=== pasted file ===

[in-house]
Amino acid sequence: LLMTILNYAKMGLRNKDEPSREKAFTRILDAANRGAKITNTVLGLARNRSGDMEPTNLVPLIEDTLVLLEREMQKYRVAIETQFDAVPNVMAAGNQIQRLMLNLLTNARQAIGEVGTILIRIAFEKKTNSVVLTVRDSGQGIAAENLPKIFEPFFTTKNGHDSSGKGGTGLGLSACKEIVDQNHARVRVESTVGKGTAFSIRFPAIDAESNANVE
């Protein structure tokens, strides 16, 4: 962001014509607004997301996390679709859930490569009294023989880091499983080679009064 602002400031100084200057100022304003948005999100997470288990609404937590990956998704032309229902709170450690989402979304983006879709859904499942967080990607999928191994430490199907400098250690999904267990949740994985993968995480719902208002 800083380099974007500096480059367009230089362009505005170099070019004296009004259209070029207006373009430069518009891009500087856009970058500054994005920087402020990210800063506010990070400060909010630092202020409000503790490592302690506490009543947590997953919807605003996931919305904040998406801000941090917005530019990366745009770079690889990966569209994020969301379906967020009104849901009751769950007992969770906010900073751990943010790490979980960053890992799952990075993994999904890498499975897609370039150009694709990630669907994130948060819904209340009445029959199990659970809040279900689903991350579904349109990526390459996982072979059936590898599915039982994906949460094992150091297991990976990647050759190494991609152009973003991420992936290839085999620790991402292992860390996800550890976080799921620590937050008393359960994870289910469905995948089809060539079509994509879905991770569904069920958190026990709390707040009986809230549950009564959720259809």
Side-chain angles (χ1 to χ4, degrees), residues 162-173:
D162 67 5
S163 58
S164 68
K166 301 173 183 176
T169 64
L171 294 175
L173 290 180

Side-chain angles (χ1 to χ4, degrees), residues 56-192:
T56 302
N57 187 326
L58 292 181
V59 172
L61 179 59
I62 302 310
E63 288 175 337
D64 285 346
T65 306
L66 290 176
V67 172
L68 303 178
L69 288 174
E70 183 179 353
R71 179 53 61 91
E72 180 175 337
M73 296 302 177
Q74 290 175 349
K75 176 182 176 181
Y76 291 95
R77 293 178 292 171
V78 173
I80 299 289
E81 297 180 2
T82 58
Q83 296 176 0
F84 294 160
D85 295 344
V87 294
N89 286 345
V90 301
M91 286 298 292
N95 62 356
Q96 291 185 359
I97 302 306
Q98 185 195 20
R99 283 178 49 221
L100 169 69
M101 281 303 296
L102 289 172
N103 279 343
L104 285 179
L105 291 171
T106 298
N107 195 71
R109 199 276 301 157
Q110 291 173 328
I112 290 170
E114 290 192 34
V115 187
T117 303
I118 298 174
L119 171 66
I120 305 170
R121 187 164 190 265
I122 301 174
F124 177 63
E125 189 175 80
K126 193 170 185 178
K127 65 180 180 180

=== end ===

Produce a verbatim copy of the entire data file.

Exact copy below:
[in-house]
Amino acid sequence: LLMTILNYAKMGLRNKDEPSREKAFTRILDAANRGAKITNTVLGLARNRSGDMEPTNLVPLIEDTLVLLEREMQKYRVAIETQFDAVPNVMAAGNQIQRLMLNLLTNARQAIGEVGTILIRIAFEKKTNSVVLTVRDSGQGIAAENLPKIFEPFFTTKNGHDSSGKGGTGLGLSACKEIVDQNHARVRVESTVGKGTAFSIRFPAIDAESNANVE
């Protein structure tokens, strides 16, 4: 962001014509607004997301996390679709859930490569009294023989880091499983080679009064 602002400031100084200057100022304003948005999100997470288990609404937590990956998704032309229902709170450690989402979304983006879709859904499942967080990607999928191994430490199907400098250690999904267990949740994985993968995480719902208002 800083380099974007500096480059367009230089362009505005170099070019004296009004259209070029207006373009430069518009891009500087856009970058500054994005920087402020990210800063506010990070400060909010630092202020409000503790490592302690506490009543947590997953919807605003996931919305904040998406801000941090917005530019990366745009770079690889990966569209994020969301379906967020009104849901009751769950007992969770906010900073751990943010790490979980960053890992799952990075993994999904890498499975897609370039150009694709990630669907994130948060819904209340009445029959199990659970809040279900689903991350579904349109990526390459996982072979059936590898599915039982994906949460094992150091297991990976990647050759190494991609152009973003991420992936290839085999620790991402292992860390996800550890976080799921620590937050008393359960994870289910469905995948089809060539079509994509879905991770569904069920958190026990709390707040009986809230549950009564959720259809």
Side-chain angles (χ1 to χ4, degrees), residues 162-173:
D162 67 5
S163 58
S164 68
K166 301 173 183 176
T169 64
L171 294 175
L173 290 180

Side-chain angles (χ1 to χ4, degrees), residues 56-192:
T56 302
N57 187 326
L58 292 181
V59 172
L61 179 59
I62 302 310
E63 288 175 337
D64 285 346
T65 306
L66 290 176
V67 172
L68 303 178
L69 288 174
E70 183 179 353
R71 179 53 61 91
E72 180 175 337
M73 296 302 177
Q74 290 175 349
K75 176 182 176 181
Y76 291 95
R77 293 178 292 171
V78 173
I80 299 289
E81 297 180 2
T82 58
Q83 296 176 0
F84 294 160
D85 295 344
V87 294
N89 286 345
V90 301
M91 286 298 292
N95 62 356
Q96 291 185 359
I97 302 306
Q98 185 195 20
R99 283 178 49 221
L100 169 69
M101 281 303 296
L102 289 172
N103 279 343
L104 285 179
L105 291 171
T106 298
N107 195 71
R109 199 276 301 157
Q110 291 173 328
I112 290 170
E114 290 192 34
V115 187
T117 303
I118 298 174
L119 171 66
I120 305 170
R121 187 164 190 265
I122 301 174
F124 177 63
E125 189 175 80
K126 193 170 185 178
K127 65 180 180 180